The test I link to in the post below contains a question about whether women should put children ahead of their careers. The question is intended to find out whether you, my dear reader, are a social conservative. But it's a loaded question, naturally, because there is no follow-up question about whether men should put children ahead of their careers. That question is never asked. Then there is the loading caused by the word "career" which refers to the uppity educated women who shouldn't really have jobs. These questions never ask whether people in general should have both jobs and families. Or even both careers and children!
Some time ago the Washington Post had an article about Congresswomen with small children. The fetching headline was: "Mom's in the House, With Kids at Home", and the article discussed the many ways in which "balancing" mothering with being a Congresswoman is hard. The only reference to Congressmen with young children was this:
While plenty of male lawmakers have small children, the pressures and responsibilities don't seem to weigh on them the way they do on women.
"Men have this fixture called a wife that's going to take care of the children," said Debbie Walsh, director of the Center for the American Woman and Politics at Rutgers University's Eagleton Institute of Politics. "We hear very often from women who are running or elected that they wish they had a wife, someone to deal with the children, have fresh food in the house, pick up the dry cleaning."
Men running for office get kudos from voters for raising young children, but women are often penalized for it, said Celinda Lake, the Democratic pollster who has tracked voter attitudes on the topic for the past 20 years.
"For male candidates, people think having young children is a total plus -- people think, 'Oh, this is great, he's going to be concerned about family issues, he'll be more future-oriented,' " she said. "A male with young kids, everyone likes it -- men, women, seniors." For women, it's a different story.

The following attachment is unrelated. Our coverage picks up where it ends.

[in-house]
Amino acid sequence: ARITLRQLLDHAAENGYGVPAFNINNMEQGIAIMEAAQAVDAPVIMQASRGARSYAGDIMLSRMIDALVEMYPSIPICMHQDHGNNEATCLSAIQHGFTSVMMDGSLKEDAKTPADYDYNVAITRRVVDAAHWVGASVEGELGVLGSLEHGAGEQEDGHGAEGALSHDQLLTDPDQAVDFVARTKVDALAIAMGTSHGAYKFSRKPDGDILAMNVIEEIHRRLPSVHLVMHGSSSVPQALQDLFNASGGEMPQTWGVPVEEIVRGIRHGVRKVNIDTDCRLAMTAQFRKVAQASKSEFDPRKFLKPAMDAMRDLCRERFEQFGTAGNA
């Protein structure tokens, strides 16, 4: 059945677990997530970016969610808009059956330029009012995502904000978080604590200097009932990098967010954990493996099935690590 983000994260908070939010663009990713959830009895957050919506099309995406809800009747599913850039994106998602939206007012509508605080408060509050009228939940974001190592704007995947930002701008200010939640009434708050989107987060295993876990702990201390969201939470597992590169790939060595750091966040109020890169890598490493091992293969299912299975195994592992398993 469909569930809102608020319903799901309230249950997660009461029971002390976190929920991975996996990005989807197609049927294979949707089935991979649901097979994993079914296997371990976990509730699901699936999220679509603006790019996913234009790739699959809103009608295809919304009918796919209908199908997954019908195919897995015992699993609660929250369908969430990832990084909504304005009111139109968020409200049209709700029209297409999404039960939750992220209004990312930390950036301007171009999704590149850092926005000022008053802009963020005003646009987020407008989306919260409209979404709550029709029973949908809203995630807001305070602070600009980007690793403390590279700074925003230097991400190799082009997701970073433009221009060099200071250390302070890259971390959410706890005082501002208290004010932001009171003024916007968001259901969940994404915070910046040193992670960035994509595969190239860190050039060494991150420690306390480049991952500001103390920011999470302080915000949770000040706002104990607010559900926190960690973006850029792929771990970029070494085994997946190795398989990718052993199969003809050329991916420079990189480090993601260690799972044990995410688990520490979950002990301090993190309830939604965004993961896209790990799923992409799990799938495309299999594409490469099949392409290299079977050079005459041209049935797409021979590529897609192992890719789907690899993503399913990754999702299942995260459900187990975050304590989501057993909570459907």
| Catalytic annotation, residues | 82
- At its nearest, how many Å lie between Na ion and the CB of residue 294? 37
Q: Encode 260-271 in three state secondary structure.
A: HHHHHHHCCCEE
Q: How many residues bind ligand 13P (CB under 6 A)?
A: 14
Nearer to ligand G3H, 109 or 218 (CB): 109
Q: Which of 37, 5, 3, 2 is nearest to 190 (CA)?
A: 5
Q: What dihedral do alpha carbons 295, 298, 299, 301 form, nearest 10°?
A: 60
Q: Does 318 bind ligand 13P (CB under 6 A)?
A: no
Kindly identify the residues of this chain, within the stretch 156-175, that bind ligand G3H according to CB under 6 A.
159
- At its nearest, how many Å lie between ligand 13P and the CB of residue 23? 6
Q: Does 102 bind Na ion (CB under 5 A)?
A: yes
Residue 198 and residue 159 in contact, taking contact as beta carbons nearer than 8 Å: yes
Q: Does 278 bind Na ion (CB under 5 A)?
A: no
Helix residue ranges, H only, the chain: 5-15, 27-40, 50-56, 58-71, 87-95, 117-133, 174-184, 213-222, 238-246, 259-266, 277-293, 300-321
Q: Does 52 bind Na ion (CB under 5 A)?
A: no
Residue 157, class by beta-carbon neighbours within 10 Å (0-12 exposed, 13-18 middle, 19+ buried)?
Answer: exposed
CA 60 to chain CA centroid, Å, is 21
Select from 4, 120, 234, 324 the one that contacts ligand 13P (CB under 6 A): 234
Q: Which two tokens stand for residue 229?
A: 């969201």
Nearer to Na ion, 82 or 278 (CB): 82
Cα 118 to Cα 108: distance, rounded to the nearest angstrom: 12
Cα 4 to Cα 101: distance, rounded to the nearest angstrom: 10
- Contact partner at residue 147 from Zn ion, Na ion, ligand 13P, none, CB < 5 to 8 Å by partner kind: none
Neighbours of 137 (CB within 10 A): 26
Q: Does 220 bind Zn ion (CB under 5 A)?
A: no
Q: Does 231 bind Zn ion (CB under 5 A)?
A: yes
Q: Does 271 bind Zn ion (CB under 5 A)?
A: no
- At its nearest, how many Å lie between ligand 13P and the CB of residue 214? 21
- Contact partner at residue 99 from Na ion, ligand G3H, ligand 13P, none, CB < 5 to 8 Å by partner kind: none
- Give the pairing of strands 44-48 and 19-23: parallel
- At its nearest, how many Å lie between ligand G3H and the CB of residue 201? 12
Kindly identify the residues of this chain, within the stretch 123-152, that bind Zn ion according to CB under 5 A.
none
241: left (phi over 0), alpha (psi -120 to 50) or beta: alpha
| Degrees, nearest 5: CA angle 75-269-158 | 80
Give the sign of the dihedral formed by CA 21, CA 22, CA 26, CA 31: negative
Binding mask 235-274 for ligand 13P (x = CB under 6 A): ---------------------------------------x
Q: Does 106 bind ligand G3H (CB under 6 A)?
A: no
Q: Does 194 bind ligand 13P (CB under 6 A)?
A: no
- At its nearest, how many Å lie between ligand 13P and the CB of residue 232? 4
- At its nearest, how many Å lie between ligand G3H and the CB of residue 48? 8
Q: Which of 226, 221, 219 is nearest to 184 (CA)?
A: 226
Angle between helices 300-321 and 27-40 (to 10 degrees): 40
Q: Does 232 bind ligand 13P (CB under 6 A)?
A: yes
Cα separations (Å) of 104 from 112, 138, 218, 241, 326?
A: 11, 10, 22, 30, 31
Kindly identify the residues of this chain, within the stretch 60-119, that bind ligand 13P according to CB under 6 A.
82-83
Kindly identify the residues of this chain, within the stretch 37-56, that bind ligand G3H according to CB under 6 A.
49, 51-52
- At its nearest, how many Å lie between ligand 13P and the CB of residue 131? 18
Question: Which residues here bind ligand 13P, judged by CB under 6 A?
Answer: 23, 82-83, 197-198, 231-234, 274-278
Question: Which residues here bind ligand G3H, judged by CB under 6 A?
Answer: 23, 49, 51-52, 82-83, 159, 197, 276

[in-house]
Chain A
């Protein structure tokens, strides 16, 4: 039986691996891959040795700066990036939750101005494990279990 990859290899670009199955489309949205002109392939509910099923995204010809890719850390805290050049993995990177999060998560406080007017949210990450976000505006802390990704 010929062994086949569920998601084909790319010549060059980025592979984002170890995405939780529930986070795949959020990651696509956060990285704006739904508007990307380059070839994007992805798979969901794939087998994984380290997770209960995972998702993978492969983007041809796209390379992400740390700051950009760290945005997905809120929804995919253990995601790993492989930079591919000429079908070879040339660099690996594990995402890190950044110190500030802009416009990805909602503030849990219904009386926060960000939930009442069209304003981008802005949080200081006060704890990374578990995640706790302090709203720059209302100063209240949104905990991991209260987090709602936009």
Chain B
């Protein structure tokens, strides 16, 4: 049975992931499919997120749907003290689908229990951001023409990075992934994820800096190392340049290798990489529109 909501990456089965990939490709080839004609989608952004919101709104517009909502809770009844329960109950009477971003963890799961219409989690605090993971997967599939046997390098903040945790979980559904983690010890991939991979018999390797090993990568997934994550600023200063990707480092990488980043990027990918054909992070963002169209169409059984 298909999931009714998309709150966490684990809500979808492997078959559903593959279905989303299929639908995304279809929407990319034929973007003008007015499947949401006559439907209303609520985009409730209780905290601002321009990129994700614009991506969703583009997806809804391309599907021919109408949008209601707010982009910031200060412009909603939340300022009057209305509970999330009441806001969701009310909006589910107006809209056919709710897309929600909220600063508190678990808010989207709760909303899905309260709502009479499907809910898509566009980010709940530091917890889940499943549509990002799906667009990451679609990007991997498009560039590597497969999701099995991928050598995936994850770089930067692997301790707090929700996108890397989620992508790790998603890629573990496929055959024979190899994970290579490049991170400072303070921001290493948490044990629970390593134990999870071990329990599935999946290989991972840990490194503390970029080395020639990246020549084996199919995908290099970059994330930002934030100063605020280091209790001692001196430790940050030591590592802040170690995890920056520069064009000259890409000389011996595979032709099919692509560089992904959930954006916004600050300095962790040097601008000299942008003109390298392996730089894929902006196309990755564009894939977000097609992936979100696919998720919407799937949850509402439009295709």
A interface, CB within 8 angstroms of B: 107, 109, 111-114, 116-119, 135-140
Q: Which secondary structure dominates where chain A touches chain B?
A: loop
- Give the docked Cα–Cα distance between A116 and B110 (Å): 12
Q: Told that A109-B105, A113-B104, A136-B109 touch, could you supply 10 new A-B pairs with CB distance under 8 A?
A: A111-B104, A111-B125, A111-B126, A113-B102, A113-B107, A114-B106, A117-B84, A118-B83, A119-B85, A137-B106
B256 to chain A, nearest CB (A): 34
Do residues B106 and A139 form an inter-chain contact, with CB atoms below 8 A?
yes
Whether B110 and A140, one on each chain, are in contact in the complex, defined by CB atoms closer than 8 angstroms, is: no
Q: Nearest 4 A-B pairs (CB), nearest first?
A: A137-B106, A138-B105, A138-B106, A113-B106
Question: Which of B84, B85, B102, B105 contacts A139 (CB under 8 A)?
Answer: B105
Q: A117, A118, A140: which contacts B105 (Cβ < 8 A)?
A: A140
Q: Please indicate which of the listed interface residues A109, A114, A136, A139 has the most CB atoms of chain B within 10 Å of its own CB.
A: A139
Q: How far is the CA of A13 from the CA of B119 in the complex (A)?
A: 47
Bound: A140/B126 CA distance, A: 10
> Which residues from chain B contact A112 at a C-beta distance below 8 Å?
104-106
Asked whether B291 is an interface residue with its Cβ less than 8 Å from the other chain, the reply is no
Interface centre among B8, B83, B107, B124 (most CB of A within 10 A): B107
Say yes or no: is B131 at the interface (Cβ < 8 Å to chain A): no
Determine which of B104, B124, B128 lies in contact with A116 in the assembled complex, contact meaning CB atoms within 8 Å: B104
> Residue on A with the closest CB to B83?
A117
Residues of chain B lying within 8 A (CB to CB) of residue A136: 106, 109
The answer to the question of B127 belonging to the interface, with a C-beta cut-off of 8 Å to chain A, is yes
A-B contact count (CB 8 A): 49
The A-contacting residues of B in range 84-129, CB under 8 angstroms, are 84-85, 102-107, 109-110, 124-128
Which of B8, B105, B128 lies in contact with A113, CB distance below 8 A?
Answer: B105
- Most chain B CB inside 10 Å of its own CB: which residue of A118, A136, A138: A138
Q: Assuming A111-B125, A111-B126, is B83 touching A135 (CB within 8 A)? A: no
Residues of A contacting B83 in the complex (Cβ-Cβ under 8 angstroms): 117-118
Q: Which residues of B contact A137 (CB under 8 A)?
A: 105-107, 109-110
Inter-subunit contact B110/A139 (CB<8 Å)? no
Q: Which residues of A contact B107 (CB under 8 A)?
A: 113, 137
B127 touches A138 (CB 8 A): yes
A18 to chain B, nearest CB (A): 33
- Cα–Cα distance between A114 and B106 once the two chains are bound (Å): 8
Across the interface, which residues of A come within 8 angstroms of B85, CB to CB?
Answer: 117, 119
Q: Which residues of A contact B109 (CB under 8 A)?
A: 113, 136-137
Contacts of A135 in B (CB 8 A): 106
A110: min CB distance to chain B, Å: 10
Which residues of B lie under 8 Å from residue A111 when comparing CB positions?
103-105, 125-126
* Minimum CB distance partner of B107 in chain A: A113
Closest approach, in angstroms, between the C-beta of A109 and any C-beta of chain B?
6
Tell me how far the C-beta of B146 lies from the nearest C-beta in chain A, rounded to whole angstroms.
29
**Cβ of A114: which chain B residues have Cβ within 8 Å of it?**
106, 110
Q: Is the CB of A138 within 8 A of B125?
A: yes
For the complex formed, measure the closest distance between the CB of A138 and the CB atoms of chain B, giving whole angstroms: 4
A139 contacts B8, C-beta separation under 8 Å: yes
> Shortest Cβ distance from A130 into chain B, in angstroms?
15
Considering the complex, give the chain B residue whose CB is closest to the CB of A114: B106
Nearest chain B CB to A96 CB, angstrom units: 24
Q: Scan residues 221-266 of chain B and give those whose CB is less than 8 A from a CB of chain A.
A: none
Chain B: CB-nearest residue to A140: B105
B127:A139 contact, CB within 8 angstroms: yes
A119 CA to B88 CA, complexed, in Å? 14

The article tells us that there are ten women in Congress with children under 13. The article does not tell us how many men in Congress have children under 13, because it doesn't matter. Those men are not assumed to be in charge of the children, and mostly an absent father is not viewed as a major problem. But surely not seeing your father for several days a week can be as much of a problem as not seeing your mother?
The treatment of fathers in these stories is paradoxical. In one sense they get all the benefits of having children with none of the problems. In another sense they are deemed as totally unnecessary for their children except as providers of money to the family. They can be sent to Iraq to die and mostly that is not a cause for some great outrage. They can also go and pursue a career whole-heartedly, and that is not a cause for concern, either. Mothers, on the other hand...
I know that articles like the one I linked to must address the world as it is and not the way some feminazi goddess might like it to be. I also know that many of the readers are struggling with the same issues and want to read about the costs and benefits to these women. But the issue is always framed as having to do with mothers alone. Not the society, not the fathers, not the way we structure work. Just mothers are to bear the total burden on their shoulders. Even if it means that there will be no women of child-bearing age in Congress.